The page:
The opening scene on the freeway is breathtaking, jaw dropping, liberating, leaving the viewers asking, “How did they do that?” But more, that stunning opening number restored our faith in musicals, leaving audiences giddy with the joy of dance and music on the screen. Damien Chazelle’s superb new musical is as much about the genre of musicals as it is a love story about two star crossed lovers in Hollywood who wander in and out of one another’s lives. That opening number drew startled, giddy applause from the very cynical press at a TIFF press screening in 2016, which never happens. Emma Stone won an Oscar for Best Actress as the wide-eyed actress dreaming of making it, while Ryan Gosling was nominated for Best Actor as a jazz musician doing what it takes to live. With original songs and score, it was refreshing and exciting to behold. Beautifully acted, directed, shot and designed, scored and cut it is a rarity, an original that pays homage to those before it. Wondrous.


Pauline Kael called this “the most emotional musical” she had ever seen when she wrote her rave review for the film at the end of 1981. Though the film flopped, it has a strong cult following and its genius cannot be denied. To be clear, all the songs within the film are lip-synced by the actors, Steve Martin, Bernadette Peters and Jessica Harper. The song and dance numbers are fantasy sequences unfolding in one of the characters imaginations. They are vivid and superb, bringing to life the inner world and dreams of these four characters living shabby lives during the Depression. Martin is Arthur, a hound dog sheet music salesman, whose wife, portrayed by a pinched Jessica Harper, is frigid. He finds no such issue with the timid school teacher though, filled with sexual abandon and portrayed by Bernadette Peters. Christopher Walker is brilliantly sleazy as a pimp who cuts loose with a tap number that seduces Peters into his world. Directed by journeyman studio director Herbert Ross, it is nothing short of miraculous.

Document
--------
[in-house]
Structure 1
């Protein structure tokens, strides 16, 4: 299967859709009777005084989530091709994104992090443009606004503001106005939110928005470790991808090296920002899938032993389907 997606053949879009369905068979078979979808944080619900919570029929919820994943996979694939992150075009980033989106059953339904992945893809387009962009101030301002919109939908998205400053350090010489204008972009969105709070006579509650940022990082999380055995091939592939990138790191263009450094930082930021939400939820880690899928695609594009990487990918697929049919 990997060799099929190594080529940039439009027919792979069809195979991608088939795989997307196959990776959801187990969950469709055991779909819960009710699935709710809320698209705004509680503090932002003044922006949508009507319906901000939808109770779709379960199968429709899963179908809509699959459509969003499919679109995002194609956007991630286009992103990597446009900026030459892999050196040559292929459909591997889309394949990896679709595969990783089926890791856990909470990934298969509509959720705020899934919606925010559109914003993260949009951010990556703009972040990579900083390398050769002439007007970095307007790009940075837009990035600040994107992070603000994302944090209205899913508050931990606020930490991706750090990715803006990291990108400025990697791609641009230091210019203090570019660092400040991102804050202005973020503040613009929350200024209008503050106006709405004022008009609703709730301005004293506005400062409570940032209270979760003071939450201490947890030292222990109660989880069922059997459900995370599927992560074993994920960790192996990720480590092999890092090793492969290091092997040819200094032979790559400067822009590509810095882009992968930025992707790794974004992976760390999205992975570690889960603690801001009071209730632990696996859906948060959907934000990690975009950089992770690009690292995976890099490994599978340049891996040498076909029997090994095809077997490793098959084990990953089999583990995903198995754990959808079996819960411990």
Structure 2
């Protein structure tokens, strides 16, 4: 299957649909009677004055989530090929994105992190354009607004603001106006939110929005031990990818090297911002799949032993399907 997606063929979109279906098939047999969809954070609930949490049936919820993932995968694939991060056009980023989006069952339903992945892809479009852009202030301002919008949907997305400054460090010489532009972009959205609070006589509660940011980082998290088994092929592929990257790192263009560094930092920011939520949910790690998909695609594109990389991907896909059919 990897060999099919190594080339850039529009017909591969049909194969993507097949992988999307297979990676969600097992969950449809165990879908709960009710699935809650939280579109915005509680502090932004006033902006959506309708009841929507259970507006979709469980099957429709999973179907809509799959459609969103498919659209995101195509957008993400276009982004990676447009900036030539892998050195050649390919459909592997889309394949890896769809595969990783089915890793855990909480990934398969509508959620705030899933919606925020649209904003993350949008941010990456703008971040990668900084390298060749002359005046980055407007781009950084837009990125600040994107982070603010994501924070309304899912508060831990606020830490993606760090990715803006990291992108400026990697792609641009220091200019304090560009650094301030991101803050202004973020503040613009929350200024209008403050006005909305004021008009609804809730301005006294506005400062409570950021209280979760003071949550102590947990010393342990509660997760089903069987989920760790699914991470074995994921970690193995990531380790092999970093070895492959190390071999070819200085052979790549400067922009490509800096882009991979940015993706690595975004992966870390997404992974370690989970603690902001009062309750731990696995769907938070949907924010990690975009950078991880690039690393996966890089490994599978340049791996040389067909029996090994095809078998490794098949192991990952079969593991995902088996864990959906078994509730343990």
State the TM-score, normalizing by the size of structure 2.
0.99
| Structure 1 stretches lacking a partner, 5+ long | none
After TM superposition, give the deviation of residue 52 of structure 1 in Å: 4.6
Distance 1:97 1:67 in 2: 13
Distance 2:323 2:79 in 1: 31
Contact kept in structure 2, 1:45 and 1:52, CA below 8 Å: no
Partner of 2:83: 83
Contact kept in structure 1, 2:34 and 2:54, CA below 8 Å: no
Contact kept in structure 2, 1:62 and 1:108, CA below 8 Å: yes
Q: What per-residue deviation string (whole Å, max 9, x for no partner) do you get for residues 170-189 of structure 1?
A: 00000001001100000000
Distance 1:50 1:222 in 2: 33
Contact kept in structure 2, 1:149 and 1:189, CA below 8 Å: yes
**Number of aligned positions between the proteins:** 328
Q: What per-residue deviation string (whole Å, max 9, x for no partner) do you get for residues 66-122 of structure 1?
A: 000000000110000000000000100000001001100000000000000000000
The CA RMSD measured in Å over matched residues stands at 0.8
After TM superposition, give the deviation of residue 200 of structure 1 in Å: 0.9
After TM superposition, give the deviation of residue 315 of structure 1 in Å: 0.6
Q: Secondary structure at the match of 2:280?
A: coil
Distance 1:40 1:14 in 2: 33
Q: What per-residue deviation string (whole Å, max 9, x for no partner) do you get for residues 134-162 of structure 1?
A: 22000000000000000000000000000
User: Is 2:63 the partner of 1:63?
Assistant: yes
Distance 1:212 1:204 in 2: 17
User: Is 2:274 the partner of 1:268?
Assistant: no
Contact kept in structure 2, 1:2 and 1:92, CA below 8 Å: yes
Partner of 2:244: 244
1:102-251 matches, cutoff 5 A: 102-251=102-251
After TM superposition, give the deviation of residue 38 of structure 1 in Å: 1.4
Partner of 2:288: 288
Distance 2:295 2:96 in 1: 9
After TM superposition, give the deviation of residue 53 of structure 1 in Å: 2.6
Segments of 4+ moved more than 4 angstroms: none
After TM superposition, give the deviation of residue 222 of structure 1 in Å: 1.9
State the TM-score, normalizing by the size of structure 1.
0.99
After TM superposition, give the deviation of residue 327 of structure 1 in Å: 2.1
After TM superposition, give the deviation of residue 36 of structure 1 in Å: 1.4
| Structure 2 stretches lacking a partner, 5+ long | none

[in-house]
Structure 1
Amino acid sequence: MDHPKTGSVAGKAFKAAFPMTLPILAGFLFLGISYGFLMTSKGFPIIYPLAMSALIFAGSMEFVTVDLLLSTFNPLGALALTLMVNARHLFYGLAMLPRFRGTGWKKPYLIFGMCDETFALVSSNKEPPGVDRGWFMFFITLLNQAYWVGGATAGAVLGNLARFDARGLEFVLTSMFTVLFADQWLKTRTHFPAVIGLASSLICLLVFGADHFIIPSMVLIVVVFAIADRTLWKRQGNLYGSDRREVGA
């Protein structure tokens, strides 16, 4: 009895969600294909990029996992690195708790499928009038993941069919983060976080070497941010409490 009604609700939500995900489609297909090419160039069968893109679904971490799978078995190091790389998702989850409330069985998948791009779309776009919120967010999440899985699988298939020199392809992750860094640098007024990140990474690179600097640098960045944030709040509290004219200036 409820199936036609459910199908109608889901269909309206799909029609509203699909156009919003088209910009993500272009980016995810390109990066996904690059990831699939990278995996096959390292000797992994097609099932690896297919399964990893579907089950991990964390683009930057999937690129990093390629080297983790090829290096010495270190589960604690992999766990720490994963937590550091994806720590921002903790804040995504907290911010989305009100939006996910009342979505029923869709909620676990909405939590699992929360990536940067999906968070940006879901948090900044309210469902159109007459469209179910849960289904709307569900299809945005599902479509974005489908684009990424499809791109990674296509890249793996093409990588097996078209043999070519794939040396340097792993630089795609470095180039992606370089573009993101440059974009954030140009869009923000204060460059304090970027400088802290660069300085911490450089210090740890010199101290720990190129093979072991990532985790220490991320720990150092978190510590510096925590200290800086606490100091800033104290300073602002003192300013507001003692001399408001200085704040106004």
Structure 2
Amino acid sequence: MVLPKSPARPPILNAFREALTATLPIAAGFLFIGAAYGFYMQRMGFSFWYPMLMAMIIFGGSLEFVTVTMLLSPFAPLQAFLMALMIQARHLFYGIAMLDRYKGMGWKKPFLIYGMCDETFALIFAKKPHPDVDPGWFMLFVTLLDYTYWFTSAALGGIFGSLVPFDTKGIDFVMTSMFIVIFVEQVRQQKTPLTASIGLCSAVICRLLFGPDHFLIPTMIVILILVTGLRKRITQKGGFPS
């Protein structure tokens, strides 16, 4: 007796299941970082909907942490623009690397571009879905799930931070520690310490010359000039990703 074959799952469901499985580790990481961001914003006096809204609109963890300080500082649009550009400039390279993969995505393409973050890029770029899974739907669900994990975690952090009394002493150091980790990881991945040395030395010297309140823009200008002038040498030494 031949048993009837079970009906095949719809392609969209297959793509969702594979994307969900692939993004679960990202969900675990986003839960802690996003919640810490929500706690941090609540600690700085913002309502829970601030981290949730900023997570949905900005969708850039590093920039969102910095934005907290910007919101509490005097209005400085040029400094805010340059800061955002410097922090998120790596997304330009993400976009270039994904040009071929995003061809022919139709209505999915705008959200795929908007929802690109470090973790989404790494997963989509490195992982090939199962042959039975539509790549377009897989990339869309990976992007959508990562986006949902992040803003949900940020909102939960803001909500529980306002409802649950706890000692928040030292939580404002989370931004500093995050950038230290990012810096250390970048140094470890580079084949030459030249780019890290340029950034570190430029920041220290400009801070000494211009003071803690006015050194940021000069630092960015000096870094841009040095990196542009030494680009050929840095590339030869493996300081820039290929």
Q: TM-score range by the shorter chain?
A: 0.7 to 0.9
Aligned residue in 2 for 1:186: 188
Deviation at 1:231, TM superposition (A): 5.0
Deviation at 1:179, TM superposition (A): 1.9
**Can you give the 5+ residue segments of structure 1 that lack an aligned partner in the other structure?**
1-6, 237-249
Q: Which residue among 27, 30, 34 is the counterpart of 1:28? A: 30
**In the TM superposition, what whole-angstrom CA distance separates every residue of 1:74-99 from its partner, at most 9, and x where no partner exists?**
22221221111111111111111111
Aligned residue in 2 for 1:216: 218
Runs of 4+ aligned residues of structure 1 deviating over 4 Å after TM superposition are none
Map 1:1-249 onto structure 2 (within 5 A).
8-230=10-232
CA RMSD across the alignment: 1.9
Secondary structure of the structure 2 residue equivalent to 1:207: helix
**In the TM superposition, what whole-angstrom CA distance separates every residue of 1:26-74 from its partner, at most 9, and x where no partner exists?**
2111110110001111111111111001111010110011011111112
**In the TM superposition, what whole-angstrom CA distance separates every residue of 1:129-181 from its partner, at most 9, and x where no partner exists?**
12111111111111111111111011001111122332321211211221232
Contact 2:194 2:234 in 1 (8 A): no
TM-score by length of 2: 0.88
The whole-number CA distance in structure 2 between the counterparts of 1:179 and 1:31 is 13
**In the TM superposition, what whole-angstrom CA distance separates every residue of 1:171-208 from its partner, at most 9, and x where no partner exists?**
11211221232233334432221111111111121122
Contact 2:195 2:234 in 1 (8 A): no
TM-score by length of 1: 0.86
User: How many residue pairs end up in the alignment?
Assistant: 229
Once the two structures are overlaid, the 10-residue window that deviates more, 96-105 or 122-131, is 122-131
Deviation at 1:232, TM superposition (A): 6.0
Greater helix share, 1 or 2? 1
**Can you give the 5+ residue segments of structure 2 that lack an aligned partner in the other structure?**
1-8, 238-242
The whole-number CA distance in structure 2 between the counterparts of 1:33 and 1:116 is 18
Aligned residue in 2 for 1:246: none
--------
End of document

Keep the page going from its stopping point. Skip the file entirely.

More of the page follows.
Brian De Palma directed this outrageous film early in his career, remaking and rethinking the classic Phantom of the Opera in a rock and roll setting. The original score is wonderful, full of dark music that perfectly compliments the story. Diminutive Paul Williams is Swan, a gifted music producer who owns and operates Death Records. He is opening a massive new venue named the Paradise, looking for an exceptional opening band and songs. He steals a rock opera from a hot-tempered Winslow Leach, and after Leach is horribly scarred in a record press, he goes after Swan. Between the two men is a woman, Phoenix (Jessica Harper) the voice of Leach’s work, his muse, the new star in Swan’s bed, and Leach is hellbent on killing Swan. He haunted the paradise in his black leather get up and biker helmet with the strange mask. The music is first rate from the opening number “Eddie” through to the mournful strains of the opera, haunting and powerful. Wildly entertaining, I have loved this since seeing it for the first time with my brother in 1974. He was right, it belongs on the list.